A Mecklenburg County program that aims to reduce the health factors related to heart disease and diabetes has won a $500,000 national competition to continue its work in black and Latino communities.
The Village HeartBEAT (VHB) program was launched in 2014 in partnership with seven local black churches. It has since grown to more than 60 faith-based communities spread throughout the county.
Among the program’s 24,000 participants, officials report a 3.5 percent decrease in smoking and a 5.3 percent decrease in obesity.
VHB was launched by the Mecklenburg County Health Department as part of the Healthiest Cities & Counties Challenge, an initiative by the Aetna Foundation in partnership with the American Public Health Association and the National Association of Counties.
Why it matters: The Centers for Disease Control and Prevention report that blacks and Latinos are among the populations most at risk for heart disease and stroke. Officials said money from the competition will now be used to expand the VHB program.
Cheryl S. Emanuel, Village HeartBEAT founder and the Health Department’s senior health manager for the office of community engagement, said the grant shows what can be done when communities work together.
“Today a mustard seed has been recognized,” she said. “Sometimes when things are so small it can be discounted, it can be forgotten. …None of us can do anything alone, but when we come together we can change this world, or we can change this community.”
Mecklenburg takes top prize
Mecklenburg County competed among the nation’s mid-size communities and took home top prize.
In addition to exercise and diet, the VHB program focused on health screenings, weight loss and programs to help participants stop smoking. Each participating church assigned a health “captain” to keep members engaged and motivated. On Saturday mornings, weather permitting, VHB teams could be seen in public parks engaged in group exercise. Congregations and individuals who show the most progress are recognized each year at an annual gala.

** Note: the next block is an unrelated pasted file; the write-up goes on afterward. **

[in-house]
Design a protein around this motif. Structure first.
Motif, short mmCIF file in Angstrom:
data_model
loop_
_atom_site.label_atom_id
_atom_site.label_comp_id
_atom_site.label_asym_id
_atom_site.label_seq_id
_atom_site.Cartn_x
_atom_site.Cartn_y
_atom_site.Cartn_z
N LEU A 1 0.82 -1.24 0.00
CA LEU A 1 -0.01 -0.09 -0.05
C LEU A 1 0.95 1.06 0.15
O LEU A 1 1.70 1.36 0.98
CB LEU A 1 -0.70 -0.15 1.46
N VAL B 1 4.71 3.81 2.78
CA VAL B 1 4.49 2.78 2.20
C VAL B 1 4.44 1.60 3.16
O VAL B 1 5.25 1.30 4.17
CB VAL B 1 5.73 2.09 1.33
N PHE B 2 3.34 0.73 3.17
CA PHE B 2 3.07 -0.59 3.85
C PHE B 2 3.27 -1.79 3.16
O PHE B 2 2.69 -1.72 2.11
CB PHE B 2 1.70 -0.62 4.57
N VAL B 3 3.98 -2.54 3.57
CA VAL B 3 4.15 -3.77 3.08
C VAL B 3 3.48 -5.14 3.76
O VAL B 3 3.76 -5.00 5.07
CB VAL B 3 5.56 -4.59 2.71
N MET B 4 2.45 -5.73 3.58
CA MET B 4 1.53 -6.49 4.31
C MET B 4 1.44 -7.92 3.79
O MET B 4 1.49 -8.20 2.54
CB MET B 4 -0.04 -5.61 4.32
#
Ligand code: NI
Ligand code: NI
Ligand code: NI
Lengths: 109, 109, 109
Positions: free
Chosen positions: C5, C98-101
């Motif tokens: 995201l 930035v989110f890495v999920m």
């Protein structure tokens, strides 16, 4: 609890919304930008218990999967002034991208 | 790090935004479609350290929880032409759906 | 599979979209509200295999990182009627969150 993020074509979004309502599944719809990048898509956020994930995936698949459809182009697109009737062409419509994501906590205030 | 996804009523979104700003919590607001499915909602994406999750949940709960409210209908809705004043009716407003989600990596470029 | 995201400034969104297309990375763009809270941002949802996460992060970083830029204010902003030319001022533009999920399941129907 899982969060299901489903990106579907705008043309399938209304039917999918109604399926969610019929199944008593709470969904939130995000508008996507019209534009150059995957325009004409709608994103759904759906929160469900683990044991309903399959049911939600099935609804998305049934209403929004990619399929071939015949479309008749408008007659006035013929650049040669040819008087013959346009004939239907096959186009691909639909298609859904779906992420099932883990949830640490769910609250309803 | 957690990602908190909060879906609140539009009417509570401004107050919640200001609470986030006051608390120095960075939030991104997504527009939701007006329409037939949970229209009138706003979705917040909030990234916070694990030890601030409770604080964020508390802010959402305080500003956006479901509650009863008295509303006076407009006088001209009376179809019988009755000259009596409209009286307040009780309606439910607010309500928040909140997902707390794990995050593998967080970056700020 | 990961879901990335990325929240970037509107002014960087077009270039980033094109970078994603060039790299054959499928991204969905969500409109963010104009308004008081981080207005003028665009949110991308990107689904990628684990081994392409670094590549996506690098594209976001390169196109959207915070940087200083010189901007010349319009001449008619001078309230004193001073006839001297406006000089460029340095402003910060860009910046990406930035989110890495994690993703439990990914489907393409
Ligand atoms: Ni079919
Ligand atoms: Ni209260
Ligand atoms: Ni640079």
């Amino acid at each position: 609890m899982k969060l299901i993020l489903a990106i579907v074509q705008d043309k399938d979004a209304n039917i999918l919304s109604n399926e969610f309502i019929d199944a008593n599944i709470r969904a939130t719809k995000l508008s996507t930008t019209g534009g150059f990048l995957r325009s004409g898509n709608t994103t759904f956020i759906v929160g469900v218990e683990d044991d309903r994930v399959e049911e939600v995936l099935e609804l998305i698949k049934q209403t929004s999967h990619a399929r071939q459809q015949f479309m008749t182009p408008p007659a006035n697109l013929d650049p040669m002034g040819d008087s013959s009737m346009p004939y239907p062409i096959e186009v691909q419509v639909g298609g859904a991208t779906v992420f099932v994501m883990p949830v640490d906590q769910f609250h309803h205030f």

Emanuel said that in addition to enhancing current efforts, VHB also may look to include children and childhood obesity.
Emanuel said she was pleasantly surprised by the number of men who joined the program and later took steps to address issues related to substance abuse.
“Village HeartBEAT, it created a place, an open door, an open family environment for them to come in and be able to work around their own dynamics,” she said. “We take care of each other.”
A model for others
At the county’s official announcement on Tuesday, dozens of VHB participants, volunteers and government officials — including Gov. Roy Cooper — packed the Charlotte-Mecklenburg Government Center, where a church organist played as the crowd assembled.
Like others who spoke, Cooper predicted that VHB would become a model for other cities and counties.
“Our families, our communities, aren’t as healthy as they should be,” he said. “And our communities of color are hit particularly hard by heart disease and all the other issues regarding that – diabetes, stroke – things that cause troubles in peoples’ lives.”
He added, “People generally know that eating wrong and smoking and not exercising enough are not healthy. But often what they don’t know are the strategies on exactly how you go about doing prevention work, how you can accomplish your goals and guidance on developing the will to do it. I cannot think of a better place than our churches, our communities of faith, where people can develop that will.”
Cooper, a Democrat, also used the occasion to call for the expansion of Medicaid in North Carolina, a move rejected by the Republican-led General Assembly. He cited Ohio’s Republican Gov. John Kasich as praising Medicaid expansion in his state, saying the decision has reduced by half the number of people dying from opioid overdoses in Ohio.